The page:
Shortly after taking office, President Obama pulled the financial plug on further development of the Yucca Mountain, Nevada nuclear waste storage facility, prompting Environmental Issues Guide Larry West to ask the very difficult question, "If not Yucca Mountain, where?" Based on the action being taken by Congress, the answer could still be Yucca Mountain.
President Obama's first federal budget proposal, submitted to Congress in February, recommended "scaling back" further funding for the Yucca Mountain Nation Nuclear Waste Storage Facility to an amount necessary to answer remaining questions asked by the Nuclear Regulatory Commission regarding the safety and suitability of the Yucca Mountain site. In addition, Obama directed Congress to authorize funding for a Blue Ribbon Commission to study "alternative options" for safely disposing of the nation's collection of highly radioactive nuclear waste, now totaling 63,000 tons and growing daily.
Congress Just Can't Let Go of Yucca Mountain
Since the presidential campaign, Obama has clearly indicated that he did not consider Yucca Mountain to be one of those "alternative options" for nuclear waste storage. Congress, however, is resisting the presidential call to let go of the Yucca Mountain plan.
In its joint House-Senate conference report to the Energy and Water Development Appropriations Bill for FY 2010 (H.R. 3183), Congress proposes to authorize spending $5 million for Obama's Blue Ribbon Commission to study "alternative options" for nuclear waste storage only if "Yucca Mountain is considered in the review."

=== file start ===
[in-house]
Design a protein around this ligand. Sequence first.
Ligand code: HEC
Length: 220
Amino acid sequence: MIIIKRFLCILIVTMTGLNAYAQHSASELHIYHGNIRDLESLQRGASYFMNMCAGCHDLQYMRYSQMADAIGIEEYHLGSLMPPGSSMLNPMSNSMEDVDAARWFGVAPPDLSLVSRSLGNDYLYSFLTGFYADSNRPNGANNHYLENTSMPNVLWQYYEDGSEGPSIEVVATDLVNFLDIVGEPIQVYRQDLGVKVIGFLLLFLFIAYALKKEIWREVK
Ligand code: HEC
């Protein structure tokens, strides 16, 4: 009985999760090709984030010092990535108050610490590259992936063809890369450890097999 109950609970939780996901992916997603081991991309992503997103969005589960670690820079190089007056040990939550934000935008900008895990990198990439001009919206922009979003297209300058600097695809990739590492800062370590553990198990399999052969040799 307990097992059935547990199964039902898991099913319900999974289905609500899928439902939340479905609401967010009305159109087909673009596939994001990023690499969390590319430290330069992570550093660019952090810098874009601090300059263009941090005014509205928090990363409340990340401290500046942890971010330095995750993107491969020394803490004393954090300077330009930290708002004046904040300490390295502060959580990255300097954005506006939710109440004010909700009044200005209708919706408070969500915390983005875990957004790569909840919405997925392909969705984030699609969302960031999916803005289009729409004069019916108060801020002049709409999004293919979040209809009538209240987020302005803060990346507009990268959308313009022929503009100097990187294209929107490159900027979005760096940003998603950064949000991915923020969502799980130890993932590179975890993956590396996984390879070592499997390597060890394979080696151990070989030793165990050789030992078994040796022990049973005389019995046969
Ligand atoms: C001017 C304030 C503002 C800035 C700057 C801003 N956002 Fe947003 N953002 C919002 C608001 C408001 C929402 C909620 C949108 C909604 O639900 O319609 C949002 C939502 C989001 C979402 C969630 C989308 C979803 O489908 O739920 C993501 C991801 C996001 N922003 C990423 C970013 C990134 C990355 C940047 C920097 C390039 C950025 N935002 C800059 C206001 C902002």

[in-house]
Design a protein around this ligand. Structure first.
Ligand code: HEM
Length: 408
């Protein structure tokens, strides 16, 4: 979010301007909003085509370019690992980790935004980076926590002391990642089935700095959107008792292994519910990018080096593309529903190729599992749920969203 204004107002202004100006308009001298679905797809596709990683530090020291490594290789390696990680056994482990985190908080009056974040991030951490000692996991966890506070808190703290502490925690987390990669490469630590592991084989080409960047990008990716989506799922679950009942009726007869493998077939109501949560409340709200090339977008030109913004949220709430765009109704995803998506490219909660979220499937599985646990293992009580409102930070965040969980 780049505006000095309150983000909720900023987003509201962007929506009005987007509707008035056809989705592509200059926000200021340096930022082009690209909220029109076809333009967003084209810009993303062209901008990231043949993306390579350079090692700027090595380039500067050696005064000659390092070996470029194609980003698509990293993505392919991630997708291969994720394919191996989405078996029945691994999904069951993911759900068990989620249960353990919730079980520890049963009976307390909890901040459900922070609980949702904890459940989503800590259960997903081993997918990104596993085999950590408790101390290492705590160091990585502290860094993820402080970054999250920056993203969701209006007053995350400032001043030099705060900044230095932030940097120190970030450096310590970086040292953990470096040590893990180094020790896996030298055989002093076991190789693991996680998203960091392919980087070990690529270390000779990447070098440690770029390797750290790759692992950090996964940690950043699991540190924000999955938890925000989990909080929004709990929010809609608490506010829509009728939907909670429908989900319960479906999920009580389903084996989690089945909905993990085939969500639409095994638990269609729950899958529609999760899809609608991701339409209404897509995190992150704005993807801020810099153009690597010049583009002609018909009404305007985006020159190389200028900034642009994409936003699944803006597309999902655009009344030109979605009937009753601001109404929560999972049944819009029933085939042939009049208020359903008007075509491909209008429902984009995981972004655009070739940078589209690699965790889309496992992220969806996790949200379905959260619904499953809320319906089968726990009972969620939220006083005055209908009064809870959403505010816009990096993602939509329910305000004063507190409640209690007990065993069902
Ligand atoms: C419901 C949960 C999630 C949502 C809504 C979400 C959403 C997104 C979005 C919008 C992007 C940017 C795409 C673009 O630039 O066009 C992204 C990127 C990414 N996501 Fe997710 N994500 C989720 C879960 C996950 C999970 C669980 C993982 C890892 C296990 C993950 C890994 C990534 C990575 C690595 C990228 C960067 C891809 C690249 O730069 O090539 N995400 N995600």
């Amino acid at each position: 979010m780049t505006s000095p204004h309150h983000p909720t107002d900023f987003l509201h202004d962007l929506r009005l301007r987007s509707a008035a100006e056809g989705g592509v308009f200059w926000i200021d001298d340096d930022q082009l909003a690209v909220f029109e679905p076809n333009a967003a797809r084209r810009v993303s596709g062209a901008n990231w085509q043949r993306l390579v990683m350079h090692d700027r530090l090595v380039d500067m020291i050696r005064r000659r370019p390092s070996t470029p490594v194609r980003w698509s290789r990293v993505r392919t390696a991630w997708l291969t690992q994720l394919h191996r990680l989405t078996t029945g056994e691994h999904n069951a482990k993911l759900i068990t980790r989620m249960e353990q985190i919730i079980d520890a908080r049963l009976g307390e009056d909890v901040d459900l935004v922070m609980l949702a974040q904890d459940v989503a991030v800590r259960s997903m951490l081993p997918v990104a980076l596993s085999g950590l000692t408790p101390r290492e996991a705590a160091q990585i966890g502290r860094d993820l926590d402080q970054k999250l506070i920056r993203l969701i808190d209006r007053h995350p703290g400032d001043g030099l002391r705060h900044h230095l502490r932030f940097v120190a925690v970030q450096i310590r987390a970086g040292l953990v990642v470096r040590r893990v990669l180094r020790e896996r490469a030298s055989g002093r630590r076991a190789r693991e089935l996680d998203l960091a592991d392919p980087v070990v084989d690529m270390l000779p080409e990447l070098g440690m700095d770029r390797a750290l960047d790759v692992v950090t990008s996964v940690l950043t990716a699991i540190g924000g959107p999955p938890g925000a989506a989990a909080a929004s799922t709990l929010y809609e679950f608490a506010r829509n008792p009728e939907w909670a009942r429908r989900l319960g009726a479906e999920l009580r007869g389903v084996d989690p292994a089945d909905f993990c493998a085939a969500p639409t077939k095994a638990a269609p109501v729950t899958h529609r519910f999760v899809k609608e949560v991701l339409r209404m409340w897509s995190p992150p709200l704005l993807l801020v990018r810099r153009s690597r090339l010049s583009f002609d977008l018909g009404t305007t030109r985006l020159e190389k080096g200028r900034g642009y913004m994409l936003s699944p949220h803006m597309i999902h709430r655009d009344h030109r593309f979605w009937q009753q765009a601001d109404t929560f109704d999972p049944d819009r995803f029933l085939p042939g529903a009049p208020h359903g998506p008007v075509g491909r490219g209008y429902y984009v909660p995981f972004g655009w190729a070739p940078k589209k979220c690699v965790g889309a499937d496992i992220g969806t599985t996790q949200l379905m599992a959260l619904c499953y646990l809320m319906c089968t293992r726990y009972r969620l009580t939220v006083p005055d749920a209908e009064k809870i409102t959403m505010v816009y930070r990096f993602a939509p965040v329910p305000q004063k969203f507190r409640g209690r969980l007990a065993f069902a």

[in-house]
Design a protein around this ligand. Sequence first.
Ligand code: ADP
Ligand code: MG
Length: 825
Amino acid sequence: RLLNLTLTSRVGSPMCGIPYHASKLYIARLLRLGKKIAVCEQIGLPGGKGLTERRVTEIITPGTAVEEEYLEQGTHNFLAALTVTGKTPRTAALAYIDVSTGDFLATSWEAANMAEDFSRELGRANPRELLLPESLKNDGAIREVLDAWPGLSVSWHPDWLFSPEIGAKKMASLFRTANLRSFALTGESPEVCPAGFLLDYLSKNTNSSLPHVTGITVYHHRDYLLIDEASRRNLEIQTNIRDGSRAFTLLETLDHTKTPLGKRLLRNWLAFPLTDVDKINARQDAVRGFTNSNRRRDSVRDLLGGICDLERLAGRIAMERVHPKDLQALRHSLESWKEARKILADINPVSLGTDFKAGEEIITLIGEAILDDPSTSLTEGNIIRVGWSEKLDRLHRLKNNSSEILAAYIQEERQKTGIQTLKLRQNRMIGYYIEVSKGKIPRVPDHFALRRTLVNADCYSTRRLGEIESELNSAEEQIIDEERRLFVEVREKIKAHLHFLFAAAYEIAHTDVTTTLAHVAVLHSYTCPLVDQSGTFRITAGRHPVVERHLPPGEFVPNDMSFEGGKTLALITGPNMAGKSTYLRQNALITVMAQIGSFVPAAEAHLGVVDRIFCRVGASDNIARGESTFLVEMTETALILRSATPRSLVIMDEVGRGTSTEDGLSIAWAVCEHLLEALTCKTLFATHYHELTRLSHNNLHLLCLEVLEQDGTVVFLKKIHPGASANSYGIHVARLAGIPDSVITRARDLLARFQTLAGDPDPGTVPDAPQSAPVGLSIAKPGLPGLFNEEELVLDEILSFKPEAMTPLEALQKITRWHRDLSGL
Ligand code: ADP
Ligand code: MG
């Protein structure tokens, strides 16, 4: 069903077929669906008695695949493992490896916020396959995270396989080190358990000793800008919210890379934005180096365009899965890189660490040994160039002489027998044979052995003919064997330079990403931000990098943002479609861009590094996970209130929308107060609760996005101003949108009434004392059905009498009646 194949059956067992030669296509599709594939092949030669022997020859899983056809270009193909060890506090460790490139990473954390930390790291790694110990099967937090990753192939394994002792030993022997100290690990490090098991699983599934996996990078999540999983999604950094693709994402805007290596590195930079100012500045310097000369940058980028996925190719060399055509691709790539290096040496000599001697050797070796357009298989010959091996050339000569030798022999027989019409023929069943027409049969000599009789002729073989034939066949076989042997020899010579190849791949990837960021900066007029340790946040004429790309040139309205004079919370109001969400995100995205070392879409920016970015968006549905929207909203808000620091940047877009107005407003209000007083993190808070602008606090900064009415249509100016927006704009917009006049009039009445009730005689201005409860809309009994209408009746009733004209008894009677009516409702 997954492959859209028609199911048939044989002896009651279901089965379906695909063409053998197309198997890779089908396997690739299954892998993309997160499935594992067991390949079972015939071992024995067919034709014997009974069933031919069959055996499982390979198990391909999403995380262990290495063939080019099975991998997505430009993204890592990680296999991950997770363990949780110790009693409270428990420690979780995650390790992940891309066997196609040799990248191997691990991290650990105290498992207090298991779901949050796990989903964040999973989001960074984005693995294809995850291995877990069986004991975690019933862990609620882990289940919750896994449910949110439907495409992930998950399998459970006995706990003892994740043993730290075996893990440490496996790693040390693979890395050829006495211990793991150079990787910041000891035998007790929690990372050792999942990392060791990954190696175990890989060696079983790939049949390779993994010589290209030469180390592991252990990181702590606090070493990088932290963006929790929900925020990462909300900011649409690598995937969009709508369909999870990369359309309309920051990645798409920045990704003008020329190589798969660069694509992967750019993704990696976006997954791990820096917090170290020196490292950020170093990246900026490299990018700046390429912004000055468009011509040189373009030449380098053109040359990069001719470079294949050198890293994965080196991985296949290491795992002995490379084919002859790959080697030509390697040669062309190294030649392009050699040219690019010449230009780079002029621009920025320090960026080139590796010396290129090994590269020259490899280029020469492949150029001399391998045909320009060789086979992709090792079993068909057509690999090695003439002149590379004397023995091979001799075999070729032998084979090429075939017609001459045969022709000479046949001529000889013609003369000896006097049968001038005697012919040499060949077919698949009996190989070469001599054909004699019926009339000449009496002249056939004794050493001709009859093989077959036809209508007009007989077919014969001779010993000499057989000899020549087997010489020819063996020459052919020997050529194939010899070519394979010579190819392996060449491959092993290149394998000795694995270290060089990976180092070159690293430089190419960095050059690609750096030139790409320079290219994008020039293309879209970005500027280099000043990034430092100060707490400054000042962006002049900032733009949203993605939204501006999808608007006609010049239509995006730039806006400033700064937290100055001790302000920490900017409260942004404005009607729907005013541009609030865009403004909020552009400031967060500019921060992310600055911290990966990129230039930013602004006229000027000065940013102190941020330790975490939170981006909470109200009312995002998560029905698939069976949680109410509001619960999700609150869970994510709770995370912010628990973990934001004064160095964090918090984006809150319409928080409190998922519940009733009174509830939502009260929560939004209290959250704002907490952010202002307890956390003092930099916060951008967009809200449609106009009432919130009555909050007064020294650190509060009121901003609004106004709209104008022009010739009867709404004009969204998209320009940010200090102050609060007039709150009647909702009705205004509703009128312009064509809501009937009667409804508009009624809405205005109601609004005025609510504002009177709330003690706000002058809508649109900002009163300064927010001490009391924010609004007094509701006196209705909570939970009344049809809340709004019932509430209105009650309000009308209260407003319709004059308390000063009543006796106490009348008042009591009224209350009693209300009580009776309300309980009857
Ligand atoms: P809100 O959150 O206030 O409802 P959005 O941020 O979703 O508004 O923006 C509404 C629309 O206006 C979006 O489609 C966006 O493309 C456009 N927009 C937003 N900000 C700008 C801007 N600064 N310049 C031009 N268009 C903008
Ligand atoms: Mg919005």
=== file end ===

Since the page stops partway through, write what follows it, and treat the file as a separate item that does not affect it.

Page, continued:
"The Yucca Mountain site is, arguably, the most studied geology on the planet. Almost ten billion taxpayer dollars have been spent on Yucca Mountain and 1.5 million documents have supported the Nuclear Regulatory Commission's licensing of the site," state the House-Senate conference committee members, further declaring that the Blue Ribbon Commission's review would "not have scientific integrity without considering Yucca Mountain."
What Happens Next?
A final vote on the Energy and Water Development Appropriations Bill conference report will not take place until Congress returns from its Labor Day recess on September 8. Even if Congress passes the bill, President Obama might very well veto it if it contains language that in any way retains Yucca Mountain as a potential national nuclear waste storage site.
As Larry West points out, where to put the nation's nuclear waste remains "one of the most controversial NIMBY (Not In My Back Yard) issues in history," and for now, residents near Yucca Mountain, Nevada should continue to keep a close eye on their backyard.